That being said, you still must write eloquently, use the English language correctly, and convey your point within the word limit. Essays must be written and rewritten to achieve the best possible result, despite how frustrating that can be. Start early and take your time; you’re definitely going to need a day off in there somewhere.

The Activities Section

Here is where you get to list everything that you do in your spare time. If you’re a member of the school gardening club, list it. If you volunteer at a recycling center once a week for two hours, list it. Nothing is too insignificant, and this section will paint a picture of who you are and what you care about. From volunteering and playing sports to singing at church and babysitting, colleges want to know what you do. Having a completed résumé will enable you to fill this section out fully, even if your prospective institutions don’t want it as a formal part of your application materials. Be sure to list any awards you’ve won and honors you’ve received in addition to your extracurricular, volunteer, and work experience. This is your chance to show off what you do!

Standardized Test Scores

Doug has numbers spinning around his head. A breakdown of the college application would help simplify his thoughts.

Doug / Giphy

Submitting your standardized test scores isn’t nearly half as bad as taking the tests, particularly since you may have already submitted scores to your prospective institutions on test day. If, for whatever reason, you decided to hold off on submitting your results on the SAT, ACT, or SAT Subject Tests, it’s pretty easy to submit them after the fact. You’ll need a list of the schools that need your scores and you’ll have to remember your passwords to your online College Board or ACT Student accounts. From there, you just need a credit card. It costs $12.00 to send your SAT and SAT Subject Test score reports, and $12.00 to send each of your ACT scores (if you took the ACT more than once and your school(s) require all of your scores, you will have to pay for each of your reports).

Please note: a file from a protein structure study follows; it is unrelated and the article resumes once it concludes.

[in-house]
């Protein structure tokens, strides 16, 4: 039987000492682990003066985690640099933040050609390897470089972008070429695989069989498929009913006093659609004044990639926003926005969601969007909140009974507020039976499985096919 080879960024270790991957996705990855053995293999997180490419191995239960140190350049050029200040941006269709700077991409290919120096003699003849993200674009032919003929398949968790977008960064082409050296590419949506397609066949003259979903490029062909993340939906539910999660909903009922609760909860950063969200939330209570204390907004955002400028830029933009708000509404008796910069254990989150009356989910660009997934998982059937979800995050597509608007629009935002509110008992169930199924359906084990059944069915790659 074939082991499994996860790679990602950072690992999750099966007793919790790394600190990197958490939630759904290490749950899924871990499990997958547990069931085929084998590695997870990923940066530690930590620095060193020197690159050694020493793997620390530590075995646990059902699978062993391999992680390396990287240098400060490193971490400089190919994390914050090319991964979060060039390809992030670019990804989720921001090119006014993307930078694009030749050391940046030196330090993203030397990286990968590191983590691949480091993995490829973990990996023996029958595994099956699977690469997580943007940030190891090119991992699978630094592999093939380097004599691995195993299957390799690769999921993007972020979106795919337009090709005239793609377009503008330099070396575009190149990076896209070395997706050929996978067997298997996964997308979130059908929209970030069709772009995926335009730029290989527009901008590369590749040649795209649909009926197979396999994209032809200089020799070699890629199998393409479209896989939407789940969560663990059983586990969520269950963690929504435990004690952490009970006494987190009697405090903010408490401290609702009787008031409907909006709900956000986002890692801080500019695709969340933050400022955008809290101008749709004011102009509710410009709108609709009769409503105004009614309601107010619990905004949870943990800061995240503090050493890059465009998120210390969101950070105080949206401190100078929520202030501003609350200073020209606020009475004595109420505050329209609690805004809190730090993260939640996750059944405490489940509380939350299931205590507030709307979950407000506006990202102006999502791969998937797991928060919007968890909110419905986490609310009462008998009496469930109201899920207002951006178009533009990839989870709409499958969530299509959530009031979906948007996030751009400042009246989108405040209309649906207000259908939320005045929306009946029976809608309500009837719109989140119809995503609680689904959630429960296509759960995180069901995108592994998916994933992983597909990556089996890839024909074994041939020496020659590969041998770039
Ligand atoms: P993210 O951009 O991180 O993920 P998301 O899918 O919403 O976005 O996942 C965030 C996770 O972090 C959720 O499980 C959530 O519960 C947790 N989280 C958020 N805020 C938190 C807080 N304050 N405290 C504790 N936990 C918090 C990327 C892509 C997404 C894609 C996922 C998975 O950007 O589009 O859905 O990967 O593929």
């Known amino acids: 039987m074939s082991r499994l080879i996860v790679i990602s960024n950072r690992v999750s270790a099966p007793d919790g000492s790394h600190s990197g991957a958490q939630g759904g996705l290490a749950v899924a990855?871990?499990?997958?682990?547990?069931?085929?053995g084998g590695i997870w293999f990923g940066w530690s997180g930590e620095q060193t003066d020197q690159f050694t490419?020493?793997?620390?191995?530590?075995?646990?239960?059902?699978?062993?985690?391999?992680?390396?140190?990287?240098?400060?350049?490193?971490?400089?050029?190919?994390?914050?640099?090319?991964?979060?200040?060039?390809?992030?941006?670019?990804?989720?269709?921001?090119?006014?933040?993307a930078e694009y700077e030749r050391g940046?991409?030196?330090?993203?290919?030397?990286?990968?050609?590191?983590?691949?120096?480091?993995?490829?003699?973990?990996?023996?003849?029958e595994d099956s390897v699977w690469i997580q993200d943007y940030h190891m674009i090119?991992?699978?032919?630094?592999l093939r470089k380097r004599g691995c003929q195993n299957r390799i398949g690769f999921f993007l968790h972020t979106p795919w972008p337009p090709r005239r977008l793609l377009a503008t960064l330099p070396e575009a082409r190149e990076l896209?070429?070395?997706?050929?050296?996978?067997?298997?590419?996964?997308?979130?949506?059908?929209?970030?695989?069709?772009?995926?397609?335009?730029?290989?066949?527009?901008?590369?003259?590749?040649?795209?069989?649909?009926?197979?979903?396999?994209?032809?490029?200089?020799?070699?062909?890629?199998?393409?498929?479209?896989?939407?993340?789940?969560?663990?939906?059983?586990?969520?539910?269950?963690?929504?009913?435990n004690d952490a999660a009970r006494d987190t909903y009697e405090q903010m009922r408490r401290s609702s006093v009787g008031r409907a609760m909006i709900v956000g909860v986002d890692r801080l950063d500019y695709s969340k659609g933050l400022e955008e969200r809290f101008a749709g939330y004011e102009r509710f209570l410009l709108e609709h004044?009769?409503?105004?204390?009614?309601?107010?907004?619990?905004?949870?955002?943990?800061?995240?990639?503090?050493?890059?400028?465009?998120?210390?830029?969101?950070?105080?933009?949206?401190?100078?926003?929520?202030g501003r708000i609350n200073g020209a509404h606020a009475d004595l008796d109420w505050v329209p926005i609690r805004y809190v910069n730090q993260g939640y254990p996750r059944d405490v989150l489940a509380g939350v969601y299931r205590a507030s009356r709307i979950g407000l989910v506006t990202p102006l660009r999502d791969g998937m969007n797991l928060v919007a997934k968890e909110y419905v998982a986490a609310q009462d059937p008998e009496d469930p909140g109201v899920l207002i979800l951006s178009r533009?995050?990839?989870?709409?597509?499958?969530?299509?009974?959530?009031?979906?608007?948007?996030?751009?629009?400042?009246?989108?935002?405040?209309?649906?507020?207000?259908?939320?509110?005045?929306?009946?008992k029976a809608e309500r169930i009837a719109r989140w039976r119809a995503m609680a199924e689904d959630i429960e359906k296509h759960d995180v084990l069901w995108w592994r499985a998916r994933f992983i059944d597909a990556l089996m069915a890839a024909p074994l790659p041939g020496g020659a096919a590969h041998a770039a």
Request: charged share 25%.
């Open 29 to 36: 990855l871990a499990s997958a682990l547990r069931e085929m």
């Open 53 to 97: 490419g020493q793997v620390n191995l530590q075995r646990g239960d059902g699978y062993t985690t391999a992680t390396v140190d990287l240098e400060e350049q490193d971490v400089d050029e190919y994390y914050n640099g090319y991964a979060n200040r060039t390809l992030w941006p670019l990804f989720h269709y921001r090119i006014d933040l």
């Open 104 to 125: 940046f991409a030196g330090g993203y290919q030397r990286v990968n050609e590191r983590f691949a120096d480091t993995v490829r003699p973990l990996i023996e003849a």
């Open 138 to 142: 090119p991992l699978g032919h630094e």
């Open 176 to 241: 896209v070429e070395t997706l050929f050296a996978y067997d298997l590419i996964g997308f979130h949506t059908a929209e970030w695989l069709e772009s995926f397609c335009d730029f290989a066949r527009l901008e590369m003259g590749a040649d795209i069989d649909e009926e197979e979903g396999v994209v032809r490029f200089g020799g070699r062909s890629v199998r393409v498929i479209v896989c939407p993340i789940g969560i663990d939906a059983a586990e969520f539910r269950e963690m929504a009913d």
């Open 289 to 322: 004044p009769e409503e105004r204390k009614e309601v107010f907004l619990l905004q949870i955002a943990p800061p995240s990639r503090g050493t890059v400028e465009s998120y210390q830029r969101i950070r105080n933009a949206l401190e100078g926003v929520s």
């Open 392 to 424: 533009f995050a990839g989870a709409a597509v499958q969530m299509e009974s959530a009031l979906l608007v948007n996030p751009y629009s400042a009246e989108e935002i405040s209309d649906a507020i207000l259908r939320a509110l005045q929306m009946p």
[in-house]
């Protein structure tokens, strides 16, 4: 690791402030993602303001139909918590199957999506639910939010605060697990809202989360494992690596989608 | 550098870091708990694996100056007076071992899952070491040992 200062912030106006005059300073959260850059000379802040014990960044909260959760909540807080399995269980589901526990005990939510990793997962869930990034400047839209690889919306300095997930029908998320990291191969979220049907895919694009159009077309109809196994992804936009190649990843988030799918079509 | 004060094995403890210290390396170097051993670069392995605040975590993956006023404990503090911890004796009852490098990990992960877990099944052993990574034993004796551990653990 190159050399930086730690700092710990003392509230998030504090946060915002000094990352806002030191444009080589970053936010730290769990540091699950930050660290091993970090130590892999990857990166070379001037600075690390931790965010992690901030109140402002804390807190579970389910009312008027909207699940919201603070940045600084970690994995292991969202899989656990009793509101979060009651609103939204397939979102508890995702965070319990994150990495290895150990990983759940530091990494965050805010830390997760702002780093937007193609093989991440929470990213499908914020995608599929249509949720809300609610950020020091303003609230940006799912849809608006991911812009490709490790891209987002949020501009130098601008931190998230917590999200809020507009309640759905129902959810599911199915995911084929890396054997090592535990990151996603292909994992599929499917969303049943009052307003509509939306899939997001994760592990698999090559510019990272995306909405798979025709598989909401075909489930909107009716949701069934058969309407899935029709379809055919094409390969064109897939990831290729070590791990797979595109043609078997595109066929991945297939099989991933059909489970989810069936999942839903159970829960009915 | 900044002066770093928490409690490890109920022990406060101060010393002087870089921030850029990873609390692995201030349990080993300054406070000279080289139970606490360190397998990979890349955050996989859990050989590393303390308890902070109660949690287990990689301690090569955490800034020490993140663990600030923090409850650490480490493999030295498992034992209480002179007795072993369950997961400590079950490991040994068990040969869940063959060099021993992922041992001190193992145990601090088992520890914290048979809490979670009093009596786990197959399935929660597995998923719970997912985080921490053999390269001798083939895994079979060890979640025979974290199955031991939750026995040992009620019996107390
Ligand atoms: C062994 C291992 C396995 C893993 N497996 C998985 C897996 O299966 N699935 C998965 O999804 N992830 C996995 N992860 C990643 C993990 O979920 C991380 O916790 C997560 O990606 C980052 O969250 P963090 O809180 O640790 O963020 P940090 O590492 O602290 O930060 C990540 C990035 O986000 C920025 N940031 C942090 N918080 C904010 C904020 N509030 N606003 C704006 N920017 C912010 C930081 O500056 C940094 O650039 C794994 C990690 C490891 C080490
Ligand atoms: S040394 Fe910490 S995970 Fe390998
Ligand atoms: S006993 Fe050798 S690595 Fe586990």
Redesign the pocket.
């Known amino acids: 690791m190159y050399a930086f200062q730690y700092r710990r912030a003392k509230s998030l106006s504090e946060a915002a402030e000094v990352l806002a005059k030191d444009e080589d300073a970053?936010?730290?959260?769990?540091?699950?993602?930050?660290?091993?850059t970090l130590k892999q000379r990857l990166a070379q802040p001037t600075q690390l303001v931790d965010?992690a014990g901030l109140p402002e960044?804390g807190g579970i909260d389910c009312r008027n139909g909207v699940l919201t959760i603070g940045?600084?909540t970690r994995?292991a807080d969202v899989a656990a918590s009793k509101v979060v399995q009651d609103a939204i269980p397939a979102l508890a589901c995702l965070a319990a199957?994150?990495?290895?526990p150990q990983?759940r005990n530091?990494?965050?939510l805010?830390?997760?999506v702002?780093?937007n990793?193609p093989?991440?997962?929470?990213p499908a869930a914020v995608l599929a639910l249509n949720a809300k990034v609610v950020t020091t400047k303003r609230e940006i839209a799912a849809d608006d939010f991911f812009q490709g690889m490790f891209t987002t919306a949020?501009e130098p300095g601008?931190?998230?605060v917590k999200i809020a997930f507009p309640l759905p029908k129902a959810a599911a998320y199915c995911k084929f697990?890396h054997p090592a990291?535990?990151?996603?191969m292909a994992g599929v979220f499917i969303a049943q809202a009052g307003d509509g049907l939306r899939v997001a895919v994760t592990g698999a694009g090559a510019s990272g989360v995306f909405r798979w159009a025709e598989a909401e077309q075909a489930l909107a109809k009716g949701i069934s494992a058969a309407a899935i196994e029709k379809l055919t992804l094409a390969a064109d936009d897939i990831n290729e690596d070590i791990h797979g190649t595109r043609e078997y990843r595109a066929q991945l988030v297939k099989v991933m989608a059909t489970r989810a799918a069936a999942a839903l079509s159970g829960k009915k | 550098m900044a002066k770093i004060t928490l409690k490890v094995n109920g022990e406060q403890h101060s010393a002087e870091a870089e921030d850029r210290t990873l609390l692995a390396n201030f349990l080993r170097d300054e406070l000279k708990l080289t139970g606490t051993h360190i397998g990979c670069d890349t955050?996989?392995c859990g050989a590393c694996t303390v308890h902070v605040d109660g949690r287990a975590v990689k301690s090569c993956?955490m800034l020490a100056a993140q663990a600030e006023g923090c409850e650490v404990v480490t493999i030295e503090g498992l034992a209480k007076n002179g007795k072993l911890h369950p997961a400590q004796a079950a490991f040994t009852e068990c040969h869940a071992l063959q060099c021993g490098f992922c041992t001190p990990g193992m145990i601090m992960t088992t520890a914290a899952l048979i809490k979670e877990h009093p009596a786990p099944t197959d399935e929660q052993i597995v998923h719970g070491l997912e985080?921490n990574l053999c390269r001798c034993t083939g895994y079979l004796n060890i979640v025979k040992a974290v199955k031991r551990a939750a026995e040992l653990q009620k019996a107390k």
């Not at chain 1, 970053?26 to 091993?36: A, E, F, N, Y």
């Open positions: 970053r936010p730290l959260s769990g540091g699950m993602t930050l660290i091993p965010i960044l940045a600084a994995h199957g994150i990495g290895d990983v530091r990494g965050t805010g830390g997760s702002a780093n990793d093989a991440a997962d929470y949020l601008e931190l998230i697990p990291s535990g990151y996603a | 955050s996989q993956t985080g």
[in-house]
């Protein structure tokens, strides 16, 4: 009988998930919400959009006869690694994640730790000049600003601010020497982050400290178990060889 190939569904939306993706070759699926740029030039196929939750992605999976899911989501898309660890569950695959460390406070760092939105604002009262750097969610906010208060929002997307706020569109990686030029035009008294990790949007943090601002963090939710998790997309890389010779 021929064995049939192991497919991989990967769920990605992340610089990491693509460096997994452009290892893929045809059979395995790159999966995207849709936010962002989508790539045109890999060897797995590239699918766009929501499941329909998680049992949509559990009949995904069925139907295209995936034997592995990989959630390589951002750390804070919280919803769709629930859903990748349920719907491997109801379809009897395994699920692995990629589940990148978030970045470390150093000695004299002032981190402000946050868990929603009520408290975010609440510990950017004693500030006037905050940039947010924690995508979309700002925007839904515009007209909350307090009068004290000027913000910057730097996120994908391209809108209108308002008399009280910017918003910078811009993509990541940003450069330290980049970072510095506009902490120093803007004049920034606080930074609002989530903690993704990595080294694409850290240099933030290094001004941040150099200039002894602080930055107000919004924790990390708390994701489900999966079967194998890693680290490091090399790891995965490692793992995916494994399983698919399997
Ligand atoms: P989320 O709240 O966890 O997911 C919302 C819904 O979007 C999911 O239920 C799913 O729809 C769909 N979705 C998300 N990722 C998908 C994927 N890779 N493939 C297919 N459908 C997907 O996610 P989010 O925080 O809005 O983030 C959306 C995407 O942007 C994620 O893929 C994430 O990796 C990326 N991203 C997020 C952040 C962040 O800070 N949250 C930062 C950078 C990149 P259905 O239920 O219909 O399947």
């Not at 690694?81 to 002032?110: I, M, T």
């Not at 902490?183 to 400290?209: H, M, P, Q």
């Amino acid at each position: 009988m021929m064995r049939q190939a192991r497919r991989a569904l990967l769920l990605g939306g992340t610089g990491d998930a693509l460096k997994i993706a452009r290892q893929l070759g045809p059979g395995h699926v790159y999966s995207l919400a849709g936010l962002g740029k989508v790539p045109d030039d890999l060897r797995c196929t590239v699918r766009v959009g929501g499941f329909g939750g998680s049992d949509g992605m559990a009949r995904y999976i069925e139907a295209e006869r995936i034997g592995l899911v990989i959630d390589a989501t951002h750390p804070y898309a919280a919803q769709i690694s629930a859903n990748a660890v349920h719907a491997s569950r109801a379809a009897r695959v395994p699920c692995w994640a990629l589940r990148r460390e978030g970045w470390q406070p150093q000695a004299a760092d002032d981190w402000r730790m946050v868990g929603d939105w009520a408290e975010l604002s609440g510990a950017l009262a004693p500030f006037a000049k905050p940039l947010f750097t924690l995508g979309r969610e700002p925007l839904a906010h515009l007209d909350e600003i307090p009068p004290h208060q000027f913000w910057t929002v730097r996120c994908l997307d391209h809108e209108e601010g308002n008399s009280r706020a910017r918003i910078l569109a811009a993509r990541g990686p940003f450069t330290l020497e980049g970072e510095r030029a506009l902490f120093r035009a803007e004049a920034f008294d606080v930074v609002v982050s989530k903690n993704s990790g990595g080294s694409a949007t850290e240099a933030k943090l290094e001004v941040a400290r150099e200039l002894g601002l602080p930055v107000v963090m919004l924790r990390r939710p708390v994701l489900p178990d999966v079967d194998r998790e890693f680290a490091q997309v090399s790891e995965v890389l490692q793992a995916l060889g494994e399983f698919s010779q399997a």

Finishing all of your college applications and their differing writing sample requirements in a short period of time may feel impossible, but if you buckle down and set deadlines for yourself, it really isn’t that bad. Use this printable college application checklist to keep track of each school’s deadlines and requirements. Set reasonable goals for yourself; don’t plan on completing each application in just one day. It takes hard work and time, so don’t shortchange yourself when your future is on the line!

About Megan Clendenon

Megan C. is obsessed with Cincinnati-style chili, Louisville basketball, and Scandinavian crime fiction. She has lived in six different states and held 12 different jobs since beginning her undergraduate degree at Carleton College in 2008. The wanderlust abated somewhat in recent years, as Megan settled in Texas from 2013 to 2016 to finish a master’s degree in geosciences, write a thesis on the future horrors that stem from climate change, and get married. During her free time, you will find Megan sitting on the couch, cheering for her Louisville Cardinals, planning future adventures abroad, and snuggling with her dog, Tiger. She currently lives outside of Washington D.C.